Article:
Mariner 10
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tedstryk
post May 8 2007, 01:45 PM
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Based on what I have read, the Mariner-R (the design that became Mariners 3-5), with the R standing for "runt," carried a camera that was designed primarily to test conditions for future cameras. One has to remember that the Mariner-R design being used in the 1964 launch was simply due to limited rocket capability. The originally planned probes would have had much better cameras. It was more of a backup that could be flown should they have to depend on the Atlas/Agena. And it served its purpose quite well - even beyond the light leak problem, the Martian surface proved to exhibit much less contrast than expected. This discovery aided Mariners 6 and 7. And of course it made interesting scientific discoveries, such as the lack of albedo/topographic correspondence on Mars, as well as the better known spotting of craters and pretty much killing the canals. But such images of cloudtops, while they would have been more detailed than those of earth, would, as edstrick indicated, not taught us all that much for a major experiment.


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Paolo
post May 8 2007, 06:33 PM
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QUOTE (tedstryk @ May 8 2007, 03:45 PM) *
Based on what I have read, the Mariner-R (the design that became Mariners 3-5), with the R standing for "runt,"


As far as I know, Mariner-R (for Ranger) were Mariner 1 and 2, Mariner 3-5 were originally called Mariner C, I think


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tedstryk
post May 8 2007, 08:27 PM
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QUOTE (Paolo @ May 8 2007, 06:33 PM) *
As far as I know, Mariner-R (for Ranger) were Mariner 1 and 2, Mariner 3-5 were originally called Mariner C, I think

Yes, you are right. Mariner-C was at times called "runt" as a pejorative. I made the mistake of linking this to Mariner-R. Oops.


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edstrick
post May 9 2007, 08:12 AM
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I have a xerox of an article from some journal like a major pub of the Geological Society of America or some such from the early 60's... maybe 1964 or 3. It's a carefully considered review of geological possibilities to look for during the exploration of Mars. It's thoughtful, well reasoned, raised essential questions regarding the possibility of finding folded mountain belts, volcanic features, erosional patterns.... etc. It totally missed the possibility of impact craters and the possibility of large areas with terrains that resulted from having minimal internal geologic activity for the majority of the planet's lifetime.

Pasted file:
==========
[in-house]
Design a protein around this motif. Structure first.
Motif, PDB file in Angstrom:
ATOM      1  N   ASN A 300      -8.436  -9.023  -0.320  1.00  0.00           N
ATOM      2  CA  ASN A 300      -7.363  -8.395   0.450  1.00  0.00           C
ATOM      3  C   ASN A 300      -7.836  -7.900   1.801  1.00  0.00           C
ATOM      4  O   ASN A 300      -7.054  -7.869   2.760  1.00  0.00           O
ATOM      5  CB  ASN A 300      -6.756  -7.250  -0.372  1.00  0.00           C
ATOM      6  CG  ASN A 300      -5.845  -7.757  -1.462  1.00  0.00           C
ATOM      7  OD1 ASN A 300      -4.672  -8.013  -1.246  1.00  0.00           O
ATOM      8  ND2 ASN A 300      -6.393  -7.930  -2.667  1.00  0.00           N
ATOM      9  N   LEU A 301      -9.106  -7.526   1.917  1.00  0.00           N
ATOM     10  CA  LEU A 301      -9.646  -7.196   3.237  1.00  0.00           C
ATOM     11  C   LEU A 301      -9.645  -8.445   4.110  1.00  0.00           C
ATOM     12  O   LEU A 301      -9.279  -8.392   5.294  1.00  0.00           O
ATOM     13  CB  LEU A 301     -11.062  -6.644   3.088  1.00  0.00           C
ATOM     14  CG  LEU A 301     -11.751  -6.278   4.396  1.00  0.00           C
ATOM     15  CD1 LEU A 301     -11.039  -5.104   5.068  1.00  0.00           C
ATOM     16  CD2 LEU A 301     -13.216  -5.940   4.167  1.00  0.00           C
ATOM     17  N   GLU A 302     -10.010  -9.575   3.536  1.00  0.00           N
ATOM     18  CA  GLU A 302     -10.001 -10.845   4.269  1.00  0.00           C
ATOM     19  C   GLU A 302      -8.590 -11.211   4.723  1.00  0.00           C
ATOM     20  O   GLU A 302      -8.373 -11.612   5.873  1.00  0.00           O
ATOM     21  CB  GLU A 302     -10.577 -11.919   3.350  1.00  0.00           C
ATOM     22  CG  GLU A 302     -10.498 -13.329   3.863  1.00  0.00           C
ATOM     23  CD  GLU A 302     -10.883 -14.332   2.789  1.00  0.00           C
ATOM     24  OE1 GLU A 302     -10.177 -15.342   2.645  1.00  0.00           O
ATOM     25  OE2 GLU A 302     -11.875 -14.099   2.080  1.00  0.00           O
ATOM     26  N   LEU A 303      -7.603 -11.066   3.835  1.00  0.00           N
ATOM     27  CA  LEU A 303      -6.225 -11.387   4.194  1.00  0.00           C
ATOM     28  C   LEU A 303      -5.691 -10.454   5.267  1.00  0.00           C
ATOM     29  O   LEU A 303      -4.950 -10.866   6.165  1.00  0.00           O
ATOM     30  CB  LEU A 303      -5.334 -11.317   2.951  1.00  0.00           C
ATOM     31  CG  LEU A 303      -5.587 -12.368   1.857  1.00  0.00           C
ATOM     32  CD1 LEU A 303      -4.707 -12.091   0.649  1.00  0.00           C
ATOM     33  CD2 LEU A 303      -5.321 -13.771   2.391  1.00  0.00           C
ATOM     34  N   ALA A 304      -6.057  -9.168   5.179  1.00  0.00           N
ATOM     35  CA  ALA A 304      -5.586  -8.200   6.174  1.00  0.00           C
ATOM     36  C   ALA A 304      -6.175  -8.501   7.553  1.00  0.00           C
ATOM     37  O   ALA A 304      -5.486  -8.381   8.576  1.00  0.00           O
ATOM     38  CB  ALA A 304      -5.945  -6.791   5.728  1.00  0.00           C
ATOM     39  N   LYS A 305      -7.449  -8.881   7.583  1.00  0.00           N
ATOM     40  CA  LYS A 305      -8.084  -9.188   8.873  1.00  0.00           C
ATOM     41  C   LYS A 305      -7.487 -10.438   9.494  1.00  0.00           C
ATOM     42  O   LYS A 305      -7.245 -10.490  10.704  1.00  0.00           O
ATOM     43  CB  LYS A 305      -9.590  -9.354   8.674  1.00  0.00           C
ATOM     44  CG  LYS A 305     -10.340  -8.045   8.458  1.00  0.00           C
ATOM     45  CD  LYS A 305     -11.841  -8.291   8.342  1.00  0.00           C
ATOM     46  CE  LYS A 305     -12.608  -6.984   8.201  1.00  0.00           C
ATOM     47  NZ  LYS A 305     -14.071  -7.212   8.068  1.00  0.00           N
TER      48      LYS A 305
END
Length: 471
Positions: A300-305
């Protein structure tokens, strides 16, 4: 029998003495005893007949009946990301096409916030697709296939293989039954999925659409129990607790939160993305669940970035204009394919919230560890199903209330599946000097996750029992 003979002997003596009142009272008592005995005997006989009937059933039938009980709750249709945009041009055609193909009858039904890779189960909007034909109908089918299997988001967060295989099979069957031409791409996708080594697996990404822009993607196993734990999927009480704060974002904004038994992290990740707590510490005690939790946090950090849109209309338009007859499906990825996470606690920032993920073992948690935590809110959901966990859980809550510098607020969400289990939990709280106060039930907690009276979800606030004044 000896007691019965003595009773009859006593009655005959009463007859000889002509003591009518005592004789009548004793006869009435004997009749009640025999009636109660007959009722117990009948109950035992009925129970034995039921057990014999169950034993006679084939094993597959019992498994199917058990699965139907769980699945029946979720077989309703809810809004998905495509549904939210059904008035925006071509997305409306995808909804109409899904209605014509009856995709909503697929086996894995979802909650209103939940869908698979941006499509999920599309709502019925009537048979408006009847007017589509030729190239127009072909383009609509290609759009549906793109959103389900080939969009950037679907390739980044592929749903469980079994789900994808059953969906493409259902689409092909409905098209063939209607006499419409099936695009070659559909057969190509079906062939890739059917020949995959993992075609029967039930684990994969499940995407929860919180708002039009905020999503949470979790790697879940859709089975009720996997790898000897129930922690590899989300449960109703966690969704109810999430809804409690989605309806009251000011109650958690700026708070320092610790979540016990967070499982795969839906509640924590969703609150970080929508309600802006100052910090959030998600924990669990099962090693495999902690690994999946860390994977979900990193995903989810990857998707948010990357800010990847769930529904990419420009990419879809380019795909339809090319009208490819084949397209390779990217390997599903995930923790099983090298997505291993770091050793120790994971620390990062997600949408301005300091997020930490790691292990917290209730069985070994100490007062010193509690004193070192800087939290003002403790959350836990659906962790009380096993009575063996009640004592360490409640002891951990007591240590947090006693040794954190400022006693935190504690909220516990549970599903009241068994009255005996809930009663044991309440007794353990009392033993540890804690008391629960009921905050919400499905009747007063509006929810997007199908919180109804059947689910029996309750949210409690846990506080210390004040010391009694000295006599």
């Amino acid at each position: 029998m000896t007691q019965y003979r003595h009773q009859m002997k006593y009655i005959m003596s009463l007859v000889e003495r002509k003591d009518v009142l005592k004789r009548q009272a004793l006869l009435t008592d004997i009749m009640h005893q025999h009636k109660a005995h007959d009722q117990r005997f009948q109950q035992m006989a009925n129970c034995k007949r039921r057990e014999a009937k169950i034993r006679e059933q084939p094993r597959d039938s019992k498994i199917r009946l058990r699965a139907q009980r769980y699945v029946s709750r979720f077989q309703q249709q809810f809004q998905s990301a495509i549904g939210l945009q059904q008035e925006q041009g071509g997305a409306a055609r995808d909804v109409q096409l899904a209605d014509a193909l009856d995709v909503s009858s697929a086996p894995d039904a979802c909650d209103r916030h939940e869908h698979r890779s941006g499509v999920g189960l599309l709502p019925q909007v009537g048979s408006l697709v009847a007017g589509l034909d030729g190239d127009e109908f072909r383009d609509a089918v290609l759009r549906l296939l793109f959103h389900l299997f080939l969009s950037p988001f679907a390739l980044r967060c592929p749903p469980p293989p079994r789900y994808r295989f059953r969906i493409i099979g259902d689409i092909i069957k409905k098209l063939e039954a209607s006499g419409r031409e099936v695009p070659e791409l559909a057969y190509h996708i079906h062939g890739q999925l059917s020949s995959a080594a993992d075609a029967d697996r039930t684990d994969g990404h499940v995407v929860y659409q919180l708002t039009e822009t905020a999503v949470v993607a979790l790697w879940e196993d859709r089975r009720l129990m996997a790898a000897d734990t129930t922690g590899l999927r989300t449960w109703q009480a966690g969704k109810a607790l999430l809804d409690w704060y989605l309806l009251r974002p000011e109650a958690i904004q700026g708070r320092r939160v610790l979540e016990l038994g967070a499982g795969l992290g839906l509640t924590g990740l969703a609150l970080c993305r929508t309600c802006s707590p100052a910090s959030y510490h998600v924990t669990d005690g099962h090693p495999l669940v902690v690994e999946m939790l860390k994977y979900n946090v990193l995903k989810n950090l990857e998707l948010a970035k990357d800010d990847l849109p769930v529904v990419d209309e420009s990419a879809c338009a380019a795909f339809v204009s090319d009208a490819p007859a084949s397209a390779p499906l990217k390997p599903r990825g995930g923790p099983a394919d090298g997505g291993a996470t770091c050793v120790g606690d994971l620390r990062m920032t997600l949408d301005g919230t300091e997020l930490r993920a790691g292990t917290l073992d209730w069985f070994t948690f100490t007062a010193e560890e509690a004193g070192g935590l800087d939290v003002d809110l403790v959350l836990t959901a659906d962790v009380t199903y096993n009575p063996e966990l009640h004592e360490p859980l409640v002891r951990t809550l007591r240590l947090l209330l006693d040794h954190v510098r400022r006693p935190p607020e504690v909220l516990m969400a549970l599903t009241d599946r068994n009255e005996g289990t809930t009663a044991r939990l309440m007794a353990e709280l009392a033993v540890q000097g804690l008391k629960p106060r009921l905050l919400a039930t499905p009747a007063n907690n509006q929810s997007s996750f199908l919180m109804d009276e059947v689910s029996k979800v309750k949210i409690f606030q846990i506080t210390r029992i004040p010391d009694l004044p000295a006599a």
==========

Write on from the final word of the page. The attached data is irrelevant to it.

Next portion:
The overwhelming science results from Mariner 4 boiled down to three items.

1.) Some of the surface is REALLY old with lunar like cratering, probably impact craters. (whatever really old is).

2.) The surface pressure is confirmed by occultation to be at about 1/200'th atmosphere, as suggested by recent spectroscopy, and not the 1/10'th atmosphere most recent analyses had suggested the last couple <?> decades. Accordingly, the atmosphere must be mostly CO2 (enough to explain the spectra)

3.) There is minimal if any global magnetic field and thus no radiation belts. Thus the core is not molten or not driven to provide an active dynamo.


Pretty impressive results for such an early mission.
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JRehling
post May 10 2007, 08:31 PM
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QUOTE (JRehling @ May 6 2007, 02:19 PM) *
Someone with my math skills and slightly more gumption (hint-hint) might want to calculate the minimum distance between Juno's orbit and the big five satellites. It seems like we'll get a few snaps of the satellites, and I'm curious at what resolution. Sometime between now and 2016, it would be interesting to know that.


I finally took the leap.

For the Galileans, Juno's closest flyby possibilities will be as it flies directly over one pole on the apojove portion of the orbit. Those distances are:

Io: 264,000 km
Europa: 355,000 km
Ganymede: 444,000 km
Callisto: 408,000 km

Amalthea will be closest, potentially, at perijove, at 105,000 km. Amalthea's distance from the polar looking view will be as little as 150,000 km.

Io and Europa's encounters will be about as far as Cassini was from Dione when THIS

http://photojournal.jpl.nasa.gov/jpeg/PIA08856.jpg

images was snapped. Of course, the Galileans are much bigger than Dione.

We should get some nice satellite images from JunoCam...
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volcanopele
post May 10 2007, 08:43 PM
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What's the field of view of JunoCam and what is the size of an image?